The 2021-22 season has not been kind to the Los Angeles Lakers.
Injuries to star players like LeBron James and most recently Anthony Davis have gotten in the way of LA’s bid for an 18th title. But more than anything, their injuries have exposed the Lakers’ depth, which is mainly comprised of a ragtag group of veterans on cheap one-year deals.
Given the exorbitant salaries of James, Davis, and Russell Westbrook, the Lakers had little choice but to scour the bargain bin for inexpensive talent. But another reason why the Purple and Gold have been forced to shop in the clearance aisle is because of a $5 million paycheck going toward a player who hasn’t played in over two years.
The Los Angeles Lakers gave Luol Deng an ill-advised contract in 2016
The 2016 NBA offseason was very lucrative if you were an average player available for hire.
Thanks to a massive salary cap spike, teams had money to burn. And they fully intended to burn it on all the free agents. One of those teams was the Lakers, who handed shocking long-term deals to veterans Timofey Mozgov and Luol Deng.
LA lucked out getting out of Mozgov’s four-year, $64 million deal after one season, sending the overpaid center to the Brooklyn Nets along with D’Angelo Russell in exchange for Brook Lopez and a first-round pick that turned into Kyle Kuzma. Meanwhile, Deng’s contract loomed over the Lakers far, far longer.
The two-time All-Star Deng inked a four-year, $72 million deal with the Purple and Gold. Ideally, the veteran would bring some leadership and experience to a young team that just lost Kobe Bryant to retirement. Instead, all the Lakers got were 57 subpar games (56 in the 2016-17 season) in which he averaged 7.5 points on 38.7% shooting.
In 2018, months after the Lakers signed LeBron, Deng was bought out of his remaining two years. He would then sign a veteran’s minimum deal with the Minnesota Timberwolves before retiring in 2019.
Deng has been paid $15 million over the last three seasons
Buying out Deng saved the Lakers money in the short term. But after cutting ties with the 15-year vet shortly before the 2018-19 season, LA is still budgeting out a few million dollars every year as a result.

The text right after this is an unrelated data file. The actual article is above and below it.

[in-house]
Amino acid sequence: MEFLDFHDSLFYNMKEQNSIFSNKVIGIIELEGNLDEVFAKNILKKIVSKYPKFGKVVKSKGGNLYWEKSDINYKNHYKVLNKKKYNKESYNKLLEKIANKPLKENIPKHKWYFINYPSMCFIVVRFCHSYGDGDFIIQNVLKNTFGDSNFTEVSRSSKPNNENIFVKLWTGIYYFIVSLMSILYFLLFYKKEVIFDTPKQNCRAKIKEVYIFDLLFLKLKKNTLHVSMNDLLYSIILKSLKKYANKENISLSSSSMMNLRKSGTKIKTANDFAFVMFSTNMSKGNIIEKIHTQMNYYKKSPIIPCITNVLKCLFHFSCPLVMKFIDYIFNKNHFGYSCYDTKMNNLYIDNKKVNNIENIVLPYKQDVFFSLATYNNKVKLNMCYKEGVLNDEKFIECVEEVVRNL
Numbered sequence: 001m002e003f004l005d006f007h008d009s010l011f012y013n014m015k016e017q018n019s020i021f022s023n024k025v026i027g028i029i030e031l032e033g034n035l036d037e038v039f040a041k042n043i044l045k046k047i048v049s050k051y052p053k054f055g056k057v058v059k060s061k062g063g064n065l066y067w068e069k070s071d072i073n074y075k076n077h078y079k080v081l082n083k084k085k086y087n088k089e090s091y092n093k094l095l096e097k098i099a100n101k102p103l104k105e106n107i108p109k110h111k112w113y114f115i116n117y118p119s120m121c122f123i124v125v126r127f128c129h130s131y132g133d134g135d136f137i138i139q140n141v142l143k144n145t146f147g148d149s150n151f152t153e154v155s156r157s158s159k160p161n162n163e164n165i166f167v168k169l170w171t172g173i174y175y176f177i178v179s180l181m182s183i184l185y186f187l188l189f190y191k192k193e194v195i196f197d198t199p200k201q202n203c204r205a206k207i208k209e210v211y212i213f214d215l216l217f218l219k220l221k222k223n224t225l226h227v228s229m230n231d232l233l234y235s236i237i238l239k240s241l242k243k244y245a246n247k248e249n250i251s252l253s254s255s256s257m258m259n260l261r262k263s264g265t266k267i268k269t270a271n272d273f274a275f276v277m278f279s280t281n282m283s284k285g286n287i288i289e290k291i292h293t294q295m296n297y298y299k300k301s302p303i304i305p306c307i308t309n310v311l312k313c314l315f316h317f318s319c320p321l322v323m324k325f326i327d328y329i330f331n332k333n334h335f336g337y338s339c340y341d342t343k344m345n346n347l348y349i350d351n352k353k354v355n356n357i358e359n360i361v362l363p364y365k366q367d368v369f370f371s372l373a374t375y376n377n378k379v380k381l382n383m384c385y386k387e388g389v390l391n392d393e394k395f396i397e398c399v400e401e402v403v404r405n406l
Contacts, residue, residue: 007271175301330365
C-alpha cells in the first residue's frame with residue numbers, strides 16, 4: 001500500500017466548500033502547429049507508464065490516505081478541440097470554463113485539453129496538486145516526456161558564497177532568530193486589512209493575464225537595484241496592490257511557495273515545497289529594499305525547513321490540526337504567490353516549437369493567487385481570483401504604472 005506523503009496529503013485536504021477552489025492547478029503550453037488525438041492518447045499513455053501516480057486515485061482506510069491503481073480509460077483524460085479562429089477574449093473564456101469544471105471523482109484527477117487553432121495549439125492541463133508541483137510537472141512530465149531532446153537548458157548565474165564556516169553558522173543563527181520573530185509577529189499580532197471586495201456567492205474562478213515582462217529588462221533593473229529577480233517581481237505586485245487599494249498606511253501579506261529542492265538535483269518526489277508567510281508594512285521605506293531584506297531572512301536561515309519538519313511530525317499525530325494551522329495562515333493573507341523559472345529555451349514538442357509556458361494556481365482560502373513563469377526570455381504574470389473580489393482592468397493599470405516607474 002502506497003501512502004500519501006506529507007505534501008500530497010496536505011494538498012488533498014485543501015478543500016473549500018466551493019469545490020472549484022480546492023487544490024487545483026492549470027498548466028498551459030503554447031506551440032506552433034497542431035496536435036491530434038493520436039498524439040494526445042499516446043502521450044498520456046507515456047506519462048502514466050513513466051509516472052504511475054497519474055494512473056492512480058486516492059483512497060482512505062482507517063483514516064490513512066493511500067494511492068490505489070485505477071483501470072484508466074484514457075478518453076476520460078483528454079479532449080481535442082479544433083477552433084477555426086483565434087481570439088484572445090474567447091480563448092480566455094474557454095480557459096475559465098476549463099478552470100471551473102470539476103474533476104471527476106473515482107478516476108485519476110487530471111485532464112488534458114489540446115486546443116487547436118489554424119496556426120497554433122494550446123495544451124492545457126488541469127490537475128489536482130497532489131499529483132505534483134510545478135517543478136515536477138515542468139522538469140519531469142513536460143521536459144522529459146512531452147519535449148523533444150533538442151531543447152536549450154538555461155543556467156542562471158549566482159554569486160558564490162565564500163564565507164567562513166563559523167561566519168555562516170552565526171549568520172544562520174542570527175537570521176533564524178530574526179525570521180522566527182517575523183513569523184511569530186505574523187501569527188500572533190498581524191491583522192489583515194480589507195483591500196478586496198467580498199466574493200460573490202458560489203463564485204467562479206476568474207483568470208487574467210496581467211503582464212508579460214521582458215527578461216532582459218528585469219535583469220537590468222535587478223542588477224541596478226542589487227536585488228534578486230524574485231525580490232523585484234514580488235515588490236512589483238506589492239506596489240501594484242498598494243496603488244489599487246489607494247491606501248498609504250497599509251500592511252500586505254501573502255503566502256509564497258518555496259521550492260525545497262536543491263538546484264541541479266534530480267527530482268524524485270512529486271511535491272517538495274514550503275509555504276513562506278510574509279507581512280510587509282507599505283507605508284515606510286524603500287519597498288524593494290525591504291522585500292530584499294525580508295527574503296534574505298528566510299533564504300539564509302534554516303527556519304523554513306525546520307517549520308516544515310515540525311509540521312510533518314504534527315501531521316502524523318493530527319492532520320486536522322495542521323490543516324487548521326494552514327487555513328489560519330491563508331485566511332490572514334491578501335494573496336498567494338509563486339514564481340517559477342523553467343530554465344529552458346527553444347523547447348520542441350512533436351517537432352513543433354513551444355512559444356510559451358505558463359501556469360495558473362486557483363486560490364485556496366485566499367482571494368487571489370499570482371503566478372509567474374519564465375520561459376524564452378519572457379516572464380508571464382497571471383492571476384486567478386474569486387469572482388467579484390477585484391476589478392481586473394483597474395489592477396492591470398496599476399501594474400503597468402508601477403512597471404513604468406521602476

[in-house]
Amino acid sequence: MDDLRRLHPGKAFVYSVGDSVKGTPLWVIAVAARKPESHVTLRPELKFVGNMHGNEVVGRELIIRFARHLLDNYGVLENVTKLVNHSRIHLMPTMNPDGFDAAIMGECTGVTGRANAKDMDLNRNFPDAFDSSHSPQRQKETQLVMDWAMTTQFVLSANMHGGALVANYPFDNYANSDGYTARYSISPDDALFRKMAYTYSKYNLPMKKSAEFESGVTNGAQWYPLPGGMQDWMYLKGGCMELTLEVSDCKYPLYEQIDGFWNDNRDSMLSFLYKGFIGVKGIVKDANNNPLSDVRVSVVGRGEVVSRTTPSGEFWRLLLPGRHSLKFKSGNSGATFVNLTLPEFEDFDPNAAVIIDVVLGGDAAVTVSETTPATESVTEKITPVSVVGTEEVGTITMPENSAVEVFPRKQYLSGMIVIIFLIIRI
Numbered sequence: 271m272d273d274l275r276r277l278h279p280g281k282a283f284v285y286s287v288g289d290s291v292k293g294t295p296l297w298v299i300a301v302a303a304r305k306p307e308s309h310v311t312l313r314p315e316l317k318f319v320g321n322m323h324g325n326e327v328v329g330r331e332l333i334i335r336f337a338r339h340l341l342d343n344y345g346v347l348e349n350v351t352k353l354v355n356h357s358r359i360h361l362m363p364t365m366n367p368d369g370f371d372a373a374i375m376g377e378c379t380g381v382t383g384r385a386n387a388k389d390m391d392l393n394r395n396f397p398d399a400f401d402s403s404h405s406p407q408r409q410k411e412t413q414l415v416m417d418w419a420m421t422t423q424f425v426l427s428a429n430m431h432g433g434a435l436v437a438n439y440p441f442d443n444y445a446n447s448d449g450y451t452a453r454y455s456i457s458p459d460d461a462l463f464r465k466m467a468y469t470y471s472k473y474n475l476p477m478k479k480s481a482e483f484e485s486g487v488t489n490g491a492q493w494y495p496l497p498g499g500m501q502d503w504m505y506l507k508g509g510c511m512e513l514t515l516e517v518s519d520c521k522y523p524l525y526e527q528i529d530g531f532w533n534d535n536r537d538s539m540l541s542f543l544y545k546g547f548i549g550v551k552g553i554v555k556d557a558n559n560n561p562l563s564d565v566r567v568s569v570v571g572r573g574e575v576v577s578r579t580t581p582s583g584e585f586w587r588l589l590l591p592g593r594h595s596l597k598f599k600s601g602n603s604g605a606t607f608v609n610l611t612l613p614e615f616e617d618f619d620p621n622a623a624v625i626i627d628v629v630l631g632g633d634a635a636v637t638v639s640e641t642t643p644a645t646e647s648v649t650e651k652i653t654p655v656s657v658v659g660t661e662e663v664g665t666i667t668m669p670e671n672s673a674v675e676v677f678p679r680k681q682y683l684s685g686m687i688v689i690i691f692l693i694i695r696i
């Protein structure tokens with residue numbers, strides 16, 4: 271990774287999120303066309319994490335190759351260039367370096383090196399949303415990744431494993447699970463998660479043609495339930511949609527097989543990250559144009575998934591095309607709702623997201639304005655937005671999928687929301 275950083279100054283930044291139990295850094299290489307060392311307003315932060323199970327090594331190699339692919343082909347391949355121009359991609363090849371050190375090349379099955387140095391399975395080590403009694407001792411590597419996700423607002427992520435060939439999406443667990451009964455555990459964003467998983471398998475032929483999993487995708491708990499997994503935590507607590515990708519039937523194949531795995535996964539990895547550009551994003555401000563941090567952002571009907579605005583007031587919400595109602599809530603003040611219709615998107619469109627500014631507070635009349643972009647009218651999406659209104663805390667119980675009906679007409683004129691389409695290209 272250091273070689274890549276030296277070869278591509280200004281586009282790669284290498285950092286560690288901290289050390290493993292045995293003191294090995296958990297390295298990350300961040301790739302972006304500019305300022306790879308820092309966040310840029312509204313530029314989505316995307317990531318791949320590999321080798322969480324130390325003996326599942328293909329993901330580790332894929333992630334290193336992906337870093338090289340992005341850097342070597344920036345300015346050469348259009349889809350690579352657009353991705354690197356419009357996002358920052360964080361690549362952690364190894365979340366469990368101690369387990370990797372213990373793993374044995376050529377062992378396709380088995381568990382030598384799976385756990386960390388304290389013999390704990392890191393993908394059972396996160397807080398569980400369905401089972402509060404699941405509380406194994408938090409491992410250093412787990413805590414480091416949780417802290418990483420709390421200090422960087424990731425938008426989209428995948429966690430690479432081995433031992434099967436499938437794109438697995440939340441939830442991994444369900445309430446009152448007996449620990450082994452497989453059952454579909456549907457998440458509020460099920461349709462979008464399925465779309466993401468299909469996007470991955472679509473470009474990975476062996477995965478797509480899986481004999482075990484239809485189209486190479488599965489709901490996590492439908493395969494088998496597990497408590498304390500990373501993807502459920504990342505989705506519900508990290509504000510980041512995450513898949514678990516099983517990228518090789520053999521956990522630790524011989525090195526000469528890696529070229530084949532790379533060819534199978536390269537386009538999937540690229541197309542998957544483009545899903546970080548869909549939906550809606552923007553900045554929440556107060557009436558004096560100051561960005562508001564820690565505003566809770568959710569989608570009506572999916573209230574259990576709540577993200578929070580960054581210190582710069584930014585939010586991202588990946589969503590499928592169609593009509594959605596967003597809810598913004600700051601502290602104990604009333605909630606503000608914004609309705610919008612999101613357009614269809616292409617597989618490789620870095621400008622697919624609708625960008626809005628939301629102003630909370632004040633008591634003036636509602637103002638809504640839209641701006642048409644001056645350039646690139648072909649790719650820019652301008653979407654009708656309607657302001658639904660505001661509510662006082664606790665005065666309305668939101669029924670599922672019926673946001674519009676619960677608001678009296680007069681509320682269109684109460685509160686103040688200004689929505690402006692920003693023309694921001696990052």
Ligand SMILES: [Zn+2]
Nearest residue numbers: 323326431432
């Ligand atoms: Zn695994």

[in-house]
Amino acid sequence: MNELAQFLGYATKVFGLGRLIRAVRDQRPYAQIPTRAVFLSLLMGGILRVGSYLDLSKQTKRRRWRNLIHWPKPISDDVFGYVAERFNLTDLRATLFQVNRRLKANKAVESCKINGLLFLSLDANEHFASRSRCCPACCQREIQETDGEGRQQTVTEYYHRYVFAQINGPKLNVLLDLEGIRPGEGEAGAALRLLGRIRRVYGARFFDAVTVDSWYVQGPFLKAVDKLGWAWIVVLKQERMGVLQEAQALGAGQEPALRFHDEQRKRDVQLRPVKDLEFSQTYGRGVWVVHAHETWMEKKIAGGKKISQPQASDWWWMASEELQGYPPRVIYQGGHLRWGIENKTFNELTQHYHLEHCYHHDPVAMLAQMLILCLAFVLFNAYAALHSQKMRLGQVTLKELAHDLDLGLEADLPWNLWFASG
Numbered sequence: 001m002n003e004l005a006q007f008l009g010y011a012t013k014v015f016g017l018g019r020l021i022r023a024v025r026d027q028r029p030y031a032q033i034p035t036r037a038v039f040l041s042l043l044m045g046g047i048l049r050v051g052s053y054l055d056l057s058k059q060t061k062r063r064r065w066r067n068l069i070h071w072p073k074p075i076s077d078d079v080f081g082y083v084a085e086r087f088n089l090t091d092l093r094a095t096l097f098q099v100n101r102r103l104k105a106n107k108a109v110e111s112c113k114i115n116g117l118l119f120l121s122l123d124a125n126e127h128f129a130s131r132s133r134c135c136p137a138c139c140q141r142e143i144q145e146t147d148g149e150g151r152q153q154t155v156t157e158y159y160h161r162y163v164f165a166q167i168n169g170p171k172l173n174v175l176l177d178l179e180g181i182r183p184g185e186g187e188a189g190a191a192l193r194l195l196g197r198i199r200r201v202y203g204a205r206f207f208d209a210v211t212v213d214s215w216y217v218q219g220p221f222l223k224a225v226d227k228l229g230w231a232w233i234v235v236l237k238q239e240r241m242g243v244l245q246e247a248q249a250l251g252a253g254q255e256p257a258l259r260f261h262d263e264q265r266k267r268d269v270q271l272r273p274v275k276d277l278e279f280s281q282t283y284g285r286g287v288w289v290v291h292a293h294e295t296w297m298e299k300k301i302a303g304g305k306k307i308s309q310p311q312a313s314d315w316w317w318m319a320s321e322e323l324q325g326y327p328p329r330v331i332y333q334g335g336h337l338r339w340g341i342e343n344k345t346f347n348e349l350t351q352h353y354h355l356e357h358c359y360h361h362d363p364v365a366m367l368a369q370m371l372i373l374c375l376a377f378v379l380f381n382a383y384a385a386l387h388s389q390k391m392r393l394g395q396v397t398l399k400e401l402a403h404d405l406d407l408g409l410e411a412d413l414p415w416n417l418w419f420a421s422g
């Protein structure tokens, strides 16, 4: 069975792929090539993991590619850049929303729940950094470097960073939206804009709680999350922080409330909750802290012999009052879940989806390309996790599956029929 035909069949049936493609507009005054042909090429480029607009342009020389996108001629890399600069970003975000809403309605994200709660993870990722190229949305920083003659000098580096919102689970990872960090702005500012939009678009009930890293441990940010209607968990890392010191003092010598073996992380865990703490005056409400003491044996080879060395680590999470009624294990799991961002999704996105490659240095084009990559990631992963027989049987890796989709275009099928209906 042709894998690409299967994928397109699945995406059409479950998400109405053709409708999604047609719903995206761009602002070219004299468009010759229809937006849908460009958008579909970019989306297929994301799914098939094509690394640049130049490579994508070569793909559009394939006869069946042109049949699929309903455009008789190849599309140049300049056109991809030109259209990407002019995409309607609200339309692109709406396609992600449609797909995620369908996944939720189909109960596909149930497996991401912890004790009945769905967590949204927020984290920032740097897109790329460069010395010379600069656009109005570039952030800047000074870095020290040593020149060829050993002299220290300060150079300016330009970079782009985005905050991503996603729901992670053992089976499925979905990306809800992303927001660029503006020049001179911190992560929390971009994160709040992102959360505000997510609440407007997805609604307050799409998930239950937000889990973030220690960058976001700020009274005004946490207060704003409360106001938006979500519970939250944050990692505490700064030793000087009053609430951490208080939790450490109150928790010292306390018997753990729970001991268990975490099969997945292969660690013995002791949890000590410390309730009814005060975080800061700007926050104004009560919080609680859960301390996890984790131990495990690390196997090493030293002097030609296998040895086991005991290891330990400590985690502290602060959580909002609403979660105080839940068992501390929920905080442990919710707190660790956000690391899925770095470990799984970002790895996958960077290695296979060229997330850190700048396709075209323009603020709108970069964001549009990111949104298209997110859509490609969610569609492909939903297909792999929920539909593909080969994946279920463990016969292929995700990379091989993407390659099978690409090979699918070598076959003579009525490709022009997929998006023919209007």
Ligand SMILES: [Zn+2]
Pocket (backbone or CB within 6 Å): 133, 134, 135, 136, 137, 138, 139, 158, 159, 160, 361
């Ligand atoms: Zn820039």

The Lakers used a stretch provision to waive Deng, meaning they’d be paying the former All-Defense honoree his remaining $15 million across three seasons. That benefitted LA in the short term, allowing it to add players during the 2019 offseason (i.e. Anthony Davis). But it also meant $5 million in dead cap starting in the 2019-20 season and for the next two seasons after that.
The Purple and Gold actually tried to get Deng’s $5 million hit removed from the team salary cap in 2020, applying for a career-ending injury exemption. However, the motion was denied by the NBA.
The Lakers are feeling the effects of Deng’s cap hit
Even though it’s considered dead cap, Deng’s $5 million still counts against a team’s salary cap. For a franchise like the Lakers that has had to routinely dance around salary cap constraints, that can make things very tricky.
Past Westbrook, nearly all of LA’s additions last offseason were minimum-salary players. Many of them were well-known veterans — Carmelo Anthony, Dwight Howard, DeAndre Jordan, to name a few — but the ceiling on all of them was fairly limited. And so far, the early returns on those veteran additions have trended toward the negative side.
A significant reason why LA had no choice but to go after those types of players was because of Deng’s contract, which pays him more than all but four Lakers in 2021-22. If his money instead went toward better depth, the Lakers likely would’ve fared better if one of their stars went down with an injury. Unfortunately, that has been the case this season, with Davis expected to miss another three weeks at minimum.
That being said, the Lakers can make a trade or explore the buyout market. But their options are limited, as their wiggle room has slimmed down significantly due to the dead cap hit for Deng.
Considering Deng’s buyout freed up the funds to get Davis and win a championship, it’s nearly impossible to bash LA for its decision. But there were obvious risks that would lead to consequences down the line, and we’re seeing that now for the disappointing Lakers.